Sheldon encourages soon-to-be college freshmen to transfer CTE credits

Sheldon+encourages+soon-to-be+college+freshmen+to+transfer+CTE+credits

Lucas Grubb

To ensure that students know how to collect the college credit they have earned for their CTE classes, Community Partnership Coordinator Shannon Sheldon is teaching students during classroom presentations.

 

“We helped students secure almost seventeen-thousand dollars worth of college credits; hardly anyone took advantage of the opportunity,” Sheldon said. “I personally vowed to reach out to every student who qualifies and urge them to register, but unfortunately, for many students, the process is not simple. If the student doesn’t already have an NSHE ID (Nevada System of Higher Education ID Number), there is a two set application process, in which most students forget to do the second step.”

 

After virtually presenting to classes last year, Sheldon’s position as community partnership coordinator allows her to help students with CTE-related tasks.

 

“Some students don’t transfer because they aren’t going into college to be whatever their [program] was,” Fashion Design teacher Levi Harbeson said. “They forget that it can be used as elective credits to graduate from college or they may not be aware that they want to go back to their program area down the road.”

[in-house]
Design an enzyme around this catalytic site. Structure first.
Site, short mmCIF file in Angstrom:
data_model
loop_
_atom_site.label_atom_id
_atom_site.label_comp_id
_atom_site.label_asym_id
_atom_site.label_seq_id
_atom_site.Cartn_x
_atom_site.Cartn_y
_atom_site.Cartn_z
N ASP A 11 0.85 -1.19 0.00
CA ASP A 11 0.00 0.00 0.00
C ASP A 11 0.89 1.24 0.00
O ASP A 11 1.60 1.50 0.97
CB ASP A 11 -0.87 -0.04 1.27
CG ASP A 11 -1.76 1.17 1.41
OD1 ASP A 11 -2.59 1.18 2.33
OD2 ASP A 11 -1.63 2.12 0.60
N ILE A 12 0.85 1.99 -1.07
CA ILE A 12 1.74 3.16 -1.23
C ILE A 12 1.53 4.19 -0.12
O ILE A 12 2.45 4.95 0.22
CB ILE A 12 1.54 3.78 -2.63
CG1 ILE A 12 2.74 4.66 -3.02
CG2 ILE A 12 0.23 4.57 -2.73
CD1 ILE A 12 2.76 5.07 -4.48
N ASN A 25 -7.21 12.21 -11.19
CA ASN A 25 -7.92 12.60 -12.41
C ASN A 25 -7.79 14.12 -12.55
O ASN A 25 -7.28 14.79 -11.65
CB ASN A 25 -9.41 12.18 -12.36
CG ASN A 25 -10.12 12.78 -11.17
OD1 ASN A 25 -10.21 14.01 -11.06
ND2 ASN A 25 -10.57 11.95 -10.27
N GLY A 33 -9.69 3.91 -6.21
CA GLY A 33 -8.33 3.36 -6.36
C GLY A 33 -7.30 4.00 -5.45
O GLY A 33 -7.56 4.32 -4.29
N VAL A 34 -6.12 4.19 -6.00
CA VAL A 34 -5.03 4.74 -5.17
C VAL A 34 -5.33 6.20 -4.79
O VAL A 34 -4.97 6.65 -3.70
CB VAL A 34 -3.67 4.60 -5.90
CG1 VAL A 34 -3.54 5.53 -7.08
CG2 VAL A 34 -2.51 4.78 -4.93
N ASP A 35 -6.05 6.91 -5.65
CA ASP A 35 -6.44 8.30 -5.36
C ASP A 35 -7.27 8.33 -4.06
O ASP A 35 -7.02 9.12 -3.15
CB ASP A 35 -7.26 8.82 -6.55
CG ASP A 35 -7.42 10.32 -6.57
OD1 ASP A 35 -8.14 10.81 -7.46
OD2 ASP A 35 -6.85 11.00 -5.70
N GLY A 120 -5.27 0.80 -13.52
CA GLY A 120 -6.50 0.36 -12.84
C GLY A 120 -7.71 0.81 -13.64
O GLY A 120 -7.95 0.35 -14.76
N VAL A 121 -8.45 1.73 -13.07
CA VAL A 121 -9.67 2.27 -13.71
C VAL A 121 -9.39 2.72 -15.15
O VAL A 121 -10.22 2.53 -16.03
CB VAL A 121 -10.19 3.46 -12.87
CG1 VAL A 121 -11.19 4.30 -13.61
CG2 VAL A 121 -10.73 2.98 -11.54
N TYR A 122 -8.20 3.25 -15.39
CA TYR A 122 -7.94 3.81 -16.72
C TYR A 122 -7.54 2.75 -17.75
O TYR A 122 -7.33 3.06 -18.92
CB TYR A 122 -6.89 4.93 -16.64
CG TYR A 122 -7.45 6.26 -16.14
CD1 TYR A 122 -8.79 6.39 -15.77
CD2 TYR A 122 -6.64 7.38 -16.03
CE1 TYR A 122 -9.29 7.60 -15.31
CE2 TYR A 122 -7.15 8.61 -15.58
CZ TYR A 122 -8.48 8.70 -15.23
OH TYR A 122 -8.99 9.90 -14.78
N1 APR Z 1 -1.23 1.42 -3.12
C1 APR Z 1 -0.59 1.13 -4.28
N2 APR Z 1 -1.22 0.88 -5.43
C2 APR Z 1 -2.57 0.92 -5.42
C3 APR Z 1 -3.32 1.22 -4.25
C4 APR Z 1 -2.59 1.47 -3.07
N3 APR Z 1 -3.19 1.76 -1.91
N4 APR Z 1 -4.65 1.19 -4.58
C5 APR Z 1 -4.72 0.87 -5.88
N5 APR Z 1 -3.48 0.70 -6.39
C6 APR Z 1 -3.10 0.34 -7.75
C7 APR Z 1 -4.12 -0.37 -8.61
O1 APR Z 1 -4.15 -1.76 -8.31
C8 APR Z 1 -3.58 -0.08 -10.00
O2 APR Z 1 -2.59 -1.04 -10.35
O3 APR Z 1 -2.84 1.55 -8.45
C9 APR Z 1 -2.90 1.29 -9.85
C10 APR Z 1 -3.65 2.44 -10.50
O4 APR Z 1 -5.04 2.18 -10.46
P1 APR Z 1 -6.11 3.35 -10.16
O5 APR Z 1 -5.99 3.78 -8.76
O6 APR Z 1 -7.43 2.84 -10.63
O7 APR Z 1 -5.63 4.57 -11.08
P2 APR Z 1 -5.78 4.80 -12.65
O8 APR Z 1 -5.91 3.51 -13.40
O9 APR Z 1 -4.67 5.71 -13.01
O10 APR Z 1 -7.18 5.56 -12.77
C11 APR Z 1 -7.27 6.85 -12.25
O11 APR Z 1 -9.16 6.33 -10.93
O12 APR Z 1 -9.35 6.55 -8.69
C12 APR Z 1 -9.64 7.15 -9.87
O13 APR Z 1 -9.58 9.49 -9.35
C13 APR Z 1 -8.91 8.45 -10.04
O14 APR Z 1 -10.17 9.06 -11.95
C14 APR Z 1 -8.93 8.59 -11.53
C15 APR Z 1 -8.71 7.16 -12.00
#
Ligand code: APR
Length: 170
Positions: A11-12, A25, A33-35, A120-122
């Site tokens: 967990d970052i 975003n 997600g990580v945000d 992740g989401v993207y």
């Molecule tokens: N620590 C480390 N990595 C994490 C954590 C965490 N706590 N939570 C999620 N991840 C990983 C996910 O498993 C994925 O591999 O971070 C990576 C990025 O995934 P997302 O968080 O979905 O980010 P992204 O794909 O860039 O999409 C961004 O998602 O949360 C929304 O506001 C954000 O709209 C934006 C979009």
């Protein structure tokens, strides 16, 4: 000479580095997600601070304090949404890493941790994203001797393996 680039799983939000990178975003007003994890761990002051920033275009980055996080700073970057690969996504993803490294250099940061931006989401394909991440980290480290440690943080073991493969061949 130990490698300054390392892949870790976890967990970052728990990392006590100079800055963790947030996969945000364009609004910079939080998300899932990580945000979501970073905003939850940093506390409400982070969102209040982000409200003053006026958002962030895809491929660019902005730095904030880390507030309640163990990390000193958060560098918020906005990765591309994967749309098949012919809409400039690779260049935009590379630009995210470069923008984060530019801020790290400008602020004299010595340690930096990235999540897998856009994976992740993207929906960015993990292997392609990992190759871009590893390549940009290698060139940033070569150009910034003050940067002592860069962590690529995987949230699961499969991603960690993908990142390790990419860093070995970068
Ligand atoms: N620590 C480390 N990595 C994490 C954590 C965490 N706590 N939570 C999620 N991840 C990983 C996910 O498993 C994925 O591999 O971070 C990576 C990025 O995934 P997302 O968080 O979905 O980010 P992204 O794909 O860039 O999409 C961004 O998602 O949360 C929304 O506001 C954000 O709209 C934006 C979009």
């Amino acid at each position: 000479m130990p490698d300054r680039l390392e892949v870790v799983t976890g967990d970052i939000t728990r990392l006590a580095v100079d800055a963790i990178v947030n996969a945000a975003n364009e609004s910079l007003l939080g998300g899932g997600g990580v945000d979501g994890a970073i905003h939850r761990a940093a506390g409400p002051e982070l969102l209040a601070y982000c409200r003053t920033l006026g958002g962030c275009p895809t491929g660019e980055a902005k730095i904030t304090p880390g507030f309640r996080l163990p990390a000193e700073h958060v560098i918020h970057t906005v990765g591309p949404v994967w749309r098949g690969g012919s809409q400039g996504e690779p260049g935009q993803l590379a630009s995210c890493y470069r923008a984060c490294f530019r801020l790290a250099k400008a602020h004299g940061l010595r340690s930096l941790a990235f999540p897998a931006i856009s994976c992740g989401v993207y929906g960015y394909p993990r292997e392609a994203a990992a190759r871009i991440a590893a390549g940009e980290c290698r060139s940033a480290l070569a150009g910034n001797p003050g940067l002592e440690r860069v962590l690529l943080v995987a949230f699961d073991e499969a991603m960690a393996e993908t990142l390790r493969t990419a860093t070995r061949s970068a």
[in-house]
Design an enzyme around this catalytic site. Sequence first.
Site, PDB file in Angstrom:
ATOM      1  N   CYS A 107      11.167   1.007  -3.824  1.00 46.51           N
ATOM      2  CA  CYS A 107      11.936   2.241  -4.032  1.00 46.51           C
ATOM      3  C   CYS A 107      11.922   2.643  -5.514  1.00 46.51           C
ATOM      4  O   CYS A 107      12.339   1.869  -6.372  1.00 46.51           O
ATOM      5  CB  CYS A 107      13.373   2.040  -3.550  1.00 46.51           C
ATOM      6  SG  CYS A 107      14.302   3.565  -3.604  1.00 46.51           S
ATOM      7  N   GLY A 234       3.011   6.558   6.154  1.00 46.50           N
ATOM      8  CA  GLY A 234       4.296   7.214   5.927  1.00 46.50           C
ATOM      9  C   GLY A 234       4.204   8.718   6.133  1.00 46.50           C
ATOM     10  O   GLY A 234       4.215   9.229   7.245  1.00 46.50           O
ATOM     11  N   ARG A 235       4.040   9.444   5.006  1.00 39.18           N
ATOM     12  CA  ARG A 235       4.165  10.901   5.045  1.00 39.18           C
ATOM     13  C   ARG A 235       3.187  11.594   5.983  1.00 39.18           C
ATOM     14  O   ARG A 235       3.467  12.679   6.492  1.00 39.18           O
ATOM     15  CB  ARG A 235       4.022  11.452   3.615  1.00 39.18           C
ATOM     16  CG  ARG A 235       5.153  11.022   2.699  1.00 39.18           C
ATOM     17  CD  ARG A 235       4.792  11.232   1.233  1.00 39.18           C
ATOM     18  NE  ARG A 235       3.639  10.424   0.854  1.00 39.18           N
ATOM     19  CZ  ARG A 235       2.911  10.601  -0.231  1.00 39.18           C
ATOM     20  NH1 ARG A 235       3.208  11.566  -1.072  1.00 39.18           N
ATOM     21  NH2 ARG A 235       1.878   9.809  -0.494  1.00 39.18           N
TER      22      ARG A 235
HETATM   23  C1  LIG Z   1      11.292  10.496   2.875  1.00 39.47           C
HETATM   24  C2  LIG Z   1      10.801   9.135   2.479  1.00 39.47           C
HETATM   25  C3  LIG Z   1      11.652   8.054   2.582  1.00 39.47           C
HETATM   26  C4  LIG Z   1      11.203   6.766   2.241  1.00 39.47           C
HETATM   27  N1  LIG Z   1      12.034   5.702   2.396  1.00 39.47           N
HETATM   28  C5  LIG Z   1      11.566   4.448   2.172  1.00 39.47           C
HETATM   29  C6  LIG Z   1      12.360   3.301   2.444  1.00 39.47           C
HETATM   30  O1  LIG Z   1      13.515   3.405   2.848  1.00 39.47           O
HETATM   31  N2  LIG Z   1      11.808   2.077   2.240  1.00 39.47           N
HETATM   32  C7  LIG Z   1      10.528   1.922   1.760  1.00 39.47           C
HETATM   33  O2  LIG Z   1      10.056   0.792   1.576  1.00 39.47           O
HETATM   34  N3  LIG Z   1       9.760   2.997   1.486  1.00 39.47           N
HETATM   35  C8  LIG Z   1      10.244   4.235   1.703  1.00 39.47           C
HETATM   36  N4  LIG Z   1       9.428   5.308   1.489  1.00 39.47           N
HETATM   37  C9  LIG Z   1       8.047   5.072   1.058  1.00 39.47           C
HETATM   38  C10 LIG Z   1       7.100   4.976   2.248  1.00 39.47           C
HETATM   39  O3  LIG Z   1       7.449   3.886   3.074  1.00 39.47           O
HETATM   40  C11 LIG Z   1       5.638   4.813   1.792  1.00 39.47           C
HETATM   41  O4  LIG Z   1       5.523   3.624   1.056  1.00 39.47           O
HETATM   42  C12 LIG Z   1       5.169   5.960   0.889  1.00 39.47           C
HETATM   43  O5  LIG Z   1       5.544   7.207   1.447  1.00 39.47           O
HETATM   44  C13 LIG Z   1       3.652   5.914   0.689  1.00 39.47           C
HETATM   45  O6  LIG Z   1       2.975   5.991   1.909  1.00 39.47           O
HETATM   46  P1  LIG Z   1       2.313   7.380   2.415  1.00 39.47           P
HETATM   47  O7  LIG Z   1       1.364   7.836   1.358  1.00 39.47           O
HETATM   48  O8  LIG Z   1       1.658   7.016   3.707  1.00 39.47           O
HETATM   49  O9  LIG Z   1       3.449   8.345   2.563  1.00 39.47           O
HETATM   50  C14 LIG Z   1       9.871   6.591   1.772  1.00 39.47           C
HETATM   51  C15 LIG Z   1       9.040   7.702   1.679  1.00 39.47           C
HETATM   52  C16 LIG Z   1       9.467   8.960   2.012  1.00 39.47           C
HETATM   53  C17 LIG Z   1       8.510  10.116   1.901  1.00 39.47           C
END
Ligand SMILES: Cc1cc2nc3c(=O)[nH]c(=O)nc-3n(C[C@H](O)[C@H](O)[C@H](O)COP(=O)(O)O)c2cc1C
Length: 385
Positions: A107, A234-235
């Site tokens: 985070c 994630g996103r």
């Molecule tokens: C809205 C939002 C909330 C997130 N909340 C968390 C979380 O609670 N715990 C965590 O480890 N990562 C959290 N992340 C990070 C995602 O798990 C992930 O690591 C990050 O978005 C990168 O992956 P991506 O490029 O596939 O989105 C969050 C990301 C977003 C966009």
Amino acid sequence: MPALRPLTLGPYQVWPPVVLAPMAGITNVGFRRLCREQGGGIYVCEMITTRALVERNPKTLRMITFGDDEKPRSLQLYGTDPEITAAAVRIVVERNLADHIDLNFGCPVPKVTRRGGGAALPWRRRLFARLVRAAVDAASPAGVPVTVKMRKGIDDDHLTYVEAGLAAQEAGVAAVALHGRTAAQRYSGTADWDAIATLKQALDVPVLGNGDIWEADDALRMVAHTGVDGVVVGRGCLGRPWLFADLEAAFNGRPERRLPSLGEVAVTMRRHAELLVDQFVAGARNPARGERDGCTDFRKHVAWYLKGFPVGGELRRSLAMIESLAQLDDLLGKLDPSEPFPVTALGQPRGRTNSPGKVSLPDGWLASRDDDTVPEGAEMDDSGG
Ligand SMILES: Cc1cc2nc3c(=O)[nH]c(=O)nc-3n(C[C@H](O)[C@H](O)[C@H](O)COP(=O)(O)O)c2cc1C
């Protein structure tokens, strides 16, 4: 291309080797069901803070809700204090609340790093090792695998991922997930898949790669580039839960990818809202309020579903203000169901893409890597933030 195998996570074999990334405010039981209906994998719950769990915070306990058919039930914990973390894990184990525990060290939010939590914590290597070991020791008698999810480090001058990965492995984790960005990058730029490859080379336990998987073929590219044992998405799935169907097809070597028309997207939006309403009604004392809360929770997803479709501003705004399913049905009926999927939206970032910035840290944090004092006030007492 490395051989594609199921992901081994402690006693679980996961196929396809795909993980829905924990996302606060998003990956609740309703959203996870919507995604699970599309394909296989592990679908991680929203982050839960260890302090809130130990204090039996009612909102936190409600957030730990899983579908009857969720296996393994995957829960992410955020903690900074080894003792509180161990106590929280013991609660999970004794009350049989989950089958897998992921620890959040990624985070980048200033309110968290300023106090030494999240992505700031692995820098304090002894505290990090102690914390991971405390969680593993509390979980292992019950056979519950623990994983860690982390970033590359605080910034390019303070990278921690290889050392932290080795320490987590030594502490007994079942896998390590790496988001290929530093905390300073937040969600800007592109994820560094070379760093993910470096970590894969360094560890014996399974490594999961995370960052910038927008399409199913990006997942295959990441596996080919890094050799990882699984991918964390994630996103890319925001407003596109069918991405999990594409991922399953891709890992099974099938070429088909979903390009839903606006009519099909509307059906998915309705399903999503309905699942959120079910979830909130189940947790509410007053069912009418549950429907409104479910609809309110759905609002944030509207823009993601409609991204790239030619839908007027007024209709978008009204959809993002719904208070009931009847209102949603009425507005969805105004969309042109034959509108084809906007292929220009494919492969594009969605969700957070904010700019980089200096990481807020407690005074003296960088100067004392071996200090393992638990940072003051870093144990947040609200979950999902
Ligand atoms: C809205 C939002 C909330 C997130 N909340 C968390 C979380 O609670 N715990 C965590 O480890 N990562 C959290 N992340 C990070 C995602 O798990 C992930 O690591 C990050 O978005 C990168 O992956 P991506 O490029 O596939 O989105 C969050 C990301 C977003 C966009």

There are some post-secondary institutions in Nevada that offer free college credits to students who successfully complete select programs of study, which means students pass their classes with a 3.0 GPA, and pass both the Workplace Readiness Skills and End of Programs Assessments.

 

“One of the things I love about CTE is it gives students a chance to kind of experiment a little bit,” Teaching and Training teacher Vincent Thur said. “This is good for students right now because it doesn’t cost them any money besides class fees and that’s so much more important than graduating then trying something and then you can’t quit your job because now you have things to pay. So I feel that it helps guide students into a career or at least eliminate a career so they spend less time on their own.”

 

Students who meet the requirements for certain programs can receive two or more college credits at: College of Southern Nevada, Truckee Meadows Community College, Great Basin College or Western Nevada College for completing the programs, at no additional cost.

 

“It’s important for other students to redeem the CTE credits because it helps them avoid more  financial debt, and it can help them not take the class again, or have more elective credits, ” Senior Justin Pecayo said. “I got six credits from Web Design, and three from Graphic Design. I think other students don’t transfer their credits because they either don’t have time, or they have procrastinated.”